Jonathan Turner is a Senior Professor in the Department of Computer
Science and Engineering, at Washington University.
While no longer a full-time faculty member, he continues to
work on selected research projects.
His research interests include the design of instruments for
automated long-term monitoring of marine environments,
hyper-spectral analysis of seawater,
design and analysis of algorithms and data structures.
He is a Fellow of the IEEE, a Fellow of the ACM and a
member of the National Academy of Engineering.
- The Optical Phytoplankton Detector (OPD) is a marine spectrophotometer first
developed by the Mote Marine Research Laboratory starting around 2005.
It performs automated sampling and analysis of seawater and has been used
to detect the presence of the algae responsible for causing red tide.
provides a high-level overview of the OPD and describes the software
that controls it, primarily as an aid to software developers who
may be called upon to maintain the software and expand its capabilities.
edge coloring is a generalization of the classical
edge coloring problem in which each edge has a specified minimum
color. We show that the problem is NP-complete and
study several approximation algorithms for it.
Bounded edge coloring is an abstraction of an offline crossbar
scheduling problem and has implications for the minimum speedup
required to achieve ideal performance.
Let G=(V,E) be an undirected graph with n vertices and m edges,
in which each vertex u is assigned an integer priority in [1,n],
with 1 being the ``highest'' priority. Let M be a matching of G.
We define the priority score of M to be an n-ary integer in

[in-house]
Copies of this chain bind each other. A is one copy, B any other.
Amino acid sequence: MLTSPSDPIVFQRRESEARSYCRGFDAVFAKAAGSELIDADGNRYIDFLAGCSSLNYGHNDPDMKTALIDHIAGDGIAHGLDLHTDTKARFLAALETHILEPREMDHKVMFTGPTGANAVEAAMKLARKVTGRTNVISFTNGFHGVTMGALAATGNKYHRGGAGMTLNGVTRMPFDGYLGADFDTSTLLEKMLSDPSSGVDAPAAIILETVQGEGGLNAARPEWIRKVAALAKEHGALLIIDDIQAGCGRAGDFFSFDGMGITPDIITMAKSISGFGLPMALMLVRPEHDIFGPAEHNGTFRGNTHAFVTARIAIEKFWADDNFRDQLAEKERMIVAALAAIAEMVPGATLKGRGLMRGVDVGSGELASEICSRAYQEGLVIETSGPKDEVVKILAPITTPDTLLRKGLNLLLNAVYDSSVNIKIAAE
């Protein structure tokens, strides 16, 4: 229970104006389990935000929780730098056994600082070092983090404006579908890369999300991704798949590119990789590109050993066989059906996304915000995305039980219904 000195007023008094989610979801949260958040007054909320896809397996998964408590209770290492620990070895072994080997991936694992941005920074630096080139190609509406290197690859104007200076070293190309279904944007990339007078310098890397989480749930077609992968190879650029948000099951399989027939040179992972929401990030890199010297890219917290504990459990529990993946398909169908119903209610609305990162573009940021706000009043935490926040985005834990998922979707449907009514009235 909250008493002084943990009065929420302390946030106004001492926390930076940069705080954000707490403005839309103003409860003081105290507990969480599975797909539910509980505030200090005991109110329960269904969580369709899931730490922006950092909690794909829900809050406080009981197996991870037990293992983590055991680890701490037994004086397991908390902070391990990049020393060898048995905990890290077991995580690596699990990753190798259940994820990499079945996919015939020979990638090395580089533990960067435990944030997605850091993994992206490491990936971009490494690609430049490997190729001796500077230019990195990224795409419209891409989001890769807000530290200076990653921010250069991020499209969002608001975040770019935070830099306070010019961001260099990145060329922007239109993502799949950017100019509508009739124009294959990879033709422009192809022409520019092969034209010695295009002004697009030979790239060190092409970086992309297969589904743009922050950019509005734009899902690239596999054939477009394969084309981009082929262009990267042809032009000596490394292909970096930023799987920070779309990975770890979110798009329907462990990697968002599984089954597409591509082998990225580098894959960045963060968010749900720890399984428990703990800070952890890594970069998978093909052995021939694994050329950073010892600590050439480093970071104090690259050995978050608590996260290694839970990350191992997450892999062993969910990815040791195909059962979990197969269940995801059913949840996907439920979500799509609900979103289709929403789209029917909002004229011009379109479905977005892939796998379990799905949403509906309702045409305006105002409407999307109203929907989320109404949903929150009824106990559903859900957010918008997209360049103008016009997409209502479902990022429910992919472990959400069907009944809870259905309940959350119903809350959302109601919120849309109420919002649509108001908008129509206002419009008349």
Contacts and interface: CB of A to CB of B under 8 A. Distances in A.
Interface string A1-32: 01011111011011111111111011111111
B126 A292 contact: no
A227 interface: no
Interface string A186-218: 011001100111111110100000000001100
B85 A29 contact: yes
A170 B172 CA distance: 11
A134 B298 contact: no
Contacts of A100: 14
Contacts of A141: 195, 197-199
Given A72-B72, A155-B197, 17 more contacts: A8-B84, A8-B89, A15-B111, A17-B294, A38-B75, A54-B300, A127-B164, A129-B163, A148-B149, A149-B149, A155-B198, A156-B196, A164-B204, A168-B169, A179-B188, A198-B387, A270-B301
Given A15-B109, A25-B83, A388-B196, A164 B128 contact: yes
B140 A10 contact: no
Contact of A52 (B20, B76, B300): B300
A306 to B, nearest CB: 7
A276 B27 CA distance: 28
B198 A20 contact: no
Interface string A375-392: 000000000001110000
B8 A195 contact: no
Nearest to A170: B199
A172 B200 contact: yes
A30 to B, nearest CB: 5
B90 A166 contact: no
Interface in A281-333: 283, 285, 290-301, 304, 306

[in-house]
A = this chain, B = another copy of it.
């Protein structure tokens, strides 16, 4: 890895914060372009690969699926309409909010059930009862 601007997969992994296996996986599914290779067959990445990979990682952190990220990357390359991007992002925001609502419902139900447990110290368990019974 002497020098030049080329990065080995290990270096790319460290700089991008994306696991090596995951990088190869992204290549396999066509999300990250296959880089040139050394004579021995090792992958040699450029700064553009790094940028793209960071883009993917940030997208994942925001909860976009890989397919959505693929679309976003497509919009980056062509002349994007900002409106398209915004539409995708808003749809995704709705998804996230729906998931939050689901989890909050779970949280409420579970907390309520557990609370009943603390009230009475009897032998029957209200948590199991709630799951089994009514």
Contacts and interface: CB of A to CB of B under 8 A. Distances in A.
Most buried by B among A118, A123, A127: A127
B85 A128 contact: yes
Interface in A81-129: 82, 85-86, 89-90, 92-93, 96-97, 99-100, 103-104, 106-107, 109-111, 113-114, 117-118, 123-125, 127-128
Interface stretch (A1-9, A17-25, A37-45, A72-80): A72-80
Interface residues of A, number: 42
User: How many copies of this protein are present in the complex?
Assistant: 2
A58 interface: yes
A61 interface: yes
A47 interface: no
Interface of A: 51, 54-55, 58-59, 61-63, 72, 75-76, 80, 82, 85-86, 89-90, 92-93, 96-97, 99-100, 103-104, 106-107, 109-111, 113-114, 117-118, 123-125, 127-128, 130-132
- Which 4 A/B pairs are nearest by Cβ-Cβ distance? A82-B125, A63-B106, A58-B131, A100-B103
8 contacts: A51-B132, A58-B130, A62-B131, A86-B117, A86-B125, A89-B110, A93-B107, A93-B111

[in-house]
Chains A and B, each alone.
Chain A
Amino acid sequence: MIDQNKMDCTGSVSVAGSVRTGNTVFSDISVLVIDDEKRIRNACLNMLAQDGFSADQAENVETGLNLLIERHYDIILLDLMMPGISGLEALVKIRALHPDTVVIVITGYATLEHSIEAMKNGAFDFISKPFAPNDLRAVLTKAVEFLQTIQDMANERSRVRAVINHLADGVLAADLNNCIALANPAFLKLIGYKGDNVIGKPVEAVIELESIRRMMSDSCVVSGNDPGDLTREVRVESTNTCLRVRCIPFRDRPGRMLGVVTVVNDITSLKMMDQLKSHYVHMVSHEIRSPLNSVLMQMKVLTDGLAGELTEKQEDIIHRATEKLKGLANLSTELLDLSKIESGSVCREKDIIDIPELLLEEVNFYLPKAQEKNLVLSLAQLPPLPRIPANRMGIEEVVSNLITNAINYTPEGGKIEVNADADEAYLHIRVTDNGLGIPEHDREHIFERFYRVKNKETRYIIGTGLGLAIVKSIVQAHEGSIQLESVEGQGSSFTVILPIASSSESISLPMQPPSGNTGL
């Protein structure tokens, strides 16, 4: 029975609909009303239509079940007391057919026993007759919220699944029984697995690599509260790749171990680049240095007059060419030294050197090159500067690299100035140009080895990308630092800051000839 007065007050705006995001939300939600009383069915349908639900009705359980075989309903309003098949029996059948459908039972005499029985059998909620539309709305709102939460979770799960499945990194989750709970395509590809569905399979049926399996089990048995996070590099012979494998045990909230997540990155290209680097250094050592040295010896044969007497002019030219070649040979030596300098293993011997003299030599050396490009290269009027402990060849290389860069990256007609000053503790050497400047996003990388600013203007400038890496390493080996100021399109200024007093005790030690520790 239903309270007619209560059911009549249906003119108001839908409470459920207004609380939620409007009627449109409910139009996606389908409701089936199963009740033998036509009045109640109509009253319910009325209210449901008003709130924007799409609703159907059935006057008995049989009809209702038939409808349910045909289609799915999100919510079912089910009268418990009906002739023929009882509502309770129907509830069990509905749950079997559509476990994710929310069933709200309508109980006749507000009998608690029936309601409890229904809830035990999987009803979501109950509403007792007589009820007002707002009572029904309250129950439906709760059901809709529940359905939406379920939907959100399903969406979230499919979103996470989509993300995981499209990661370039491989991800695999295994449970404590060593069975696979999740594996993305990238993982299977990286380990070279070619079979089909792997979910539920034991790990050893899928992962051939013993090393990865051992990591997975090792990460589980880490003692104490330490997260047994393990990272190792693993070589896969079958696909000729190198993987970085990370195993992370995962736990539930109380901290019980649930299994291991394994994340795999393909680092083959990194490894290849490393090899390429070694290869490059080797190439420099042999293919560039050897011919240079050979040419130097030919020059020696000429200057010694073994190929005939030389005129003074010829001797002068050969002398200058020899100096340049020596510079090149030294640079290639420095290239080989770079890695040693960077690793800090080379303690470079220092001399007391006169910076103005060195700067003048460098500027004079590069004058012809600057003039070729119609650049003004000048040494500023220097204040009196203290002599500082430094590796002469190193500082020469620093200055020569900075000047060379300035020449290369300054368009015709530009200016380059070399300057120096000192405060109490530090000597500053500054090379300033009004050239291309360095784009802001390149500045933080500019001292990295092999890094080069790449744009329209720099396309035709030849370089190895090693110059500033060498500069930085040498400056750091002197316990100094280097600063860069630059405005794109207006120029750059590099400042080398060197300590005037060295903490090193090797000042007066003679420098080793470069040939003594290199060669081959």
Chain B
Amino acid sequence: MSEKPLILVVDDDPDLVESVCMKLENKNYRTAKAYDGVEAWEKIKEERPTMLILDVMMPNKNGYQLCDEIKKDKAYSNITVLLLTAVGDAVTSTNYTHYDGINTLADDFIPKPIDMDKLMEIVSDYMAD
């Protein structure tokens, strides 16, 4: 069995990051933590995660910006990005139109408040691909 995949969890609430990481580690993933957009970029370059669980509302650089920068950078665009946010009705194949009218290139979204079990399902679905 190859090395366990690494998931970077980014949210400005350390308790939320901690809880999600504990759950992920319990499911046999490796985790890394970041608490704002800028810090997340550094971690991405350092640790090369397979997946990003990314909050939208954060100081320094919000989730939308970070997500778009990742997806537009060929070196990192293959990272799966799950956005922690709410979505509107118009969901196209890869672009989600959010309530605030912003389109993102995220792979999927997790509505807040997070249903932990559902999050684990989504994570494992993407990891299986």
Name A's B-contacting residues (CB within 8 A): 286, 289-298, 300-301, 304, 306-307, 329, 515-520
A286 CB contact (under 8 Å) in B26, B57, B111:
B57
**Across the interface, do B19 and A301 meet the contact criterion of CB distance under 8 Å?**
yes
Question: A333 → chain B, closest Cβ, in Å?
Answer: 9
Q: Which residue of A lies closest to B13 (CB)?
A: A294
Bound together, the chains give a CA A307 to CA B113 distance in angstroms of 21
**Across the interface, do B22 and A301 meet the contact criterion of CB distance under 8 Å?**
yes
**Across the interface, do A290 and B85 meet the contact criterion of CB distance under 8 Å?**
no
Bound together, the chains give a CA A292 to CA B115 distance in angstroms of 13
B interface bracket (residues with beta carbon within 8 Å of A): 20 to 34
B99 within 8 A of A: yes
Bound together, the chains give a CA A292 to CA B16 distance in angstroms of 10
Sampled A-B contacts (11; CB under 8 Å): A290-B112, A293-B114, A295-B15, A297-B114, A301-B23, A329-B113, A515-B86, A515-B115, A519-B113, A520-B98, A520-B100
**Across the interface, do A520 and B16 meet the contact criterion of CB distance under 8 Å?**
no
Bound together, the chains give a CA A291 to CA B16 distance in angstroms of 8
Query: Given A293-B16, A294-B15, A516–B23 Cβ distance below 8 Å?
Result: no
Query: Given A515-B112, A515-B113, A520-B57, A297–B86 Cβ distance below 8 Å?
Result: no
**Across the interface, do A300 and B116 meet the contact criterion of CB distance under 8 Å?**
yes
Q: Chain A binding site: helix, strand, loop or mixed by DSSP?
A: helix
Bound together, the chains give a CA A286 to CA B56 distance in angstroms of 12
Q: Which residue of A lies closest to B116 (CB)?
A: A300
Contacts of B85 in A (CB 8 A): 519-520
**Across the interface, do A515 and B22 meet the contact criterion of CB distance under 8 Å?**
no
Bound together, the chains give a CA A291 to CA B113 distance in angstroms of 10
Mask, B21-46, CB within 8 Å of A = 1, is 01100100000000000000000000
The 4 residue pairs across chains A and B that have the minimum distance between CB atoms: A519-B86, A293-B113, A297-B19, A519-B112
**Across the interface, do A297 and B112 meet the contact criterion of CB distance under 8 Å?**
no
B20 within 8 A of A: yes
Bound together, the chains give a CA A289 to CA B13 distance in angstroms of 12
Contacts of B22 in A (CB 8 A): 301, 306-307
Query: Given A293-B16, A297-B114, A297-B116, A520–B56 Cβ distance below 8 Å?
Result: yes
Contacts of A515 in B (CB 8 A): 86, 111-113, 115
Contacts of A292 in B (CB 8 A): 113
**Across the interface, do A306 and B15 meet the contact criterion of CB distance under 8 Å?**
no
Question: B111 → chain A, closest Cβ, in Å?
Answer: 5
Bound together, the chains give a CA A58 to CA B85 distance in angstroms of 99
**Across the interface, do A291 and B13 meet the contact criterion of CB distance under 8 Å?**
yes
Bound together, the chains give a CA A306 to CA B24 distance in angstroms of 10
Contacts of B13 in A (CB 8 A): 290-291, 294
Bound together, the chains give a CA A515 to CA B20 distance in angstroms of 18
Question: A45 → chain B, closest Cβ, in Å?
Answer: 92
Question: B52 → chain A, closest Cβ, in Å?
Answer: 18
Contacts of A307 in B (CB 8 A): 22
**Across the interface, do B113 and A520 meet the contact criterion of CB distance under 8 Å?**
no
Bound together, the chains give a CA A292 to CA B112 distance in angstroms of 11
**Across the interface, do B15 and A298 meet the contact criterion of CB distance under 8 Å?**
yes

which the i-th most-significant digit is the number of vertices
with priority i that are incident to an edge in M.
This problem can be solved in O(mn) time using a variation
of the augmenting path method (Edmonds' algorithm).
separate paper gives an algorithm for the case of
bipartite graphs which is faster when the number of distinct
priorities is limited.
- Multicast switch scheduling. Packet scheduling in
is an interesting and challenging problem. While the unicast case
is fairly well-understood, relatively little is known about
the multicast case. One version of this problem can
be formulated as an
edge group coloring
problem in bipartite graphs.
In this problem, each vertex in the input subset divides
its incident edges into groups. Edges belonging to
different groups at a given vertex are required to have different
colors. Edges in the same group may share a color.
The objective of the problem is to color all the edges using as
few colors as possible. Such a coloring corresponds to a crossbar
switch schedule that transfers multicast packets from inputs to
outputs in the fewest steps.
The problem is NP-complete and the best approximation
algorithm known has a performance bound of
O(log n/log log n).
is a library of graph algorithms
and supporting data structures. It was developed primarily for
pedagogical purposes, and the code is designed to be reasonably
easy to read and understand.
This makes it relatively straightforward to modify and extend
the library for other purposes.
Attention Prospective Graduate Students: I am no longer accepting new students
In theory, there's no difference between theory and practice.
In practice, there is. Jan L. A. van de Snepscheut
Don't worry about other people stealing your ideas.
If your ideas are any good, you'll have to ram them down peoples' throats.
A design is complete not when there is nothing more to add,
but when there is nothing more that can be taken away.
Antoine de Saint-Exupery
A scientific theory should be as simple as possible.
But no simpler.
I apologize for writing such a long letter. I did not have time
to write a shorter one. Blaise Pascal
Omit needless words. Theodore Strunk
Asking if computers can think is like asking if submarines can swim.
The real question is not whether computers think, but whether people do.
B. F. Skinner
I think, therefore I am. Rene Descartes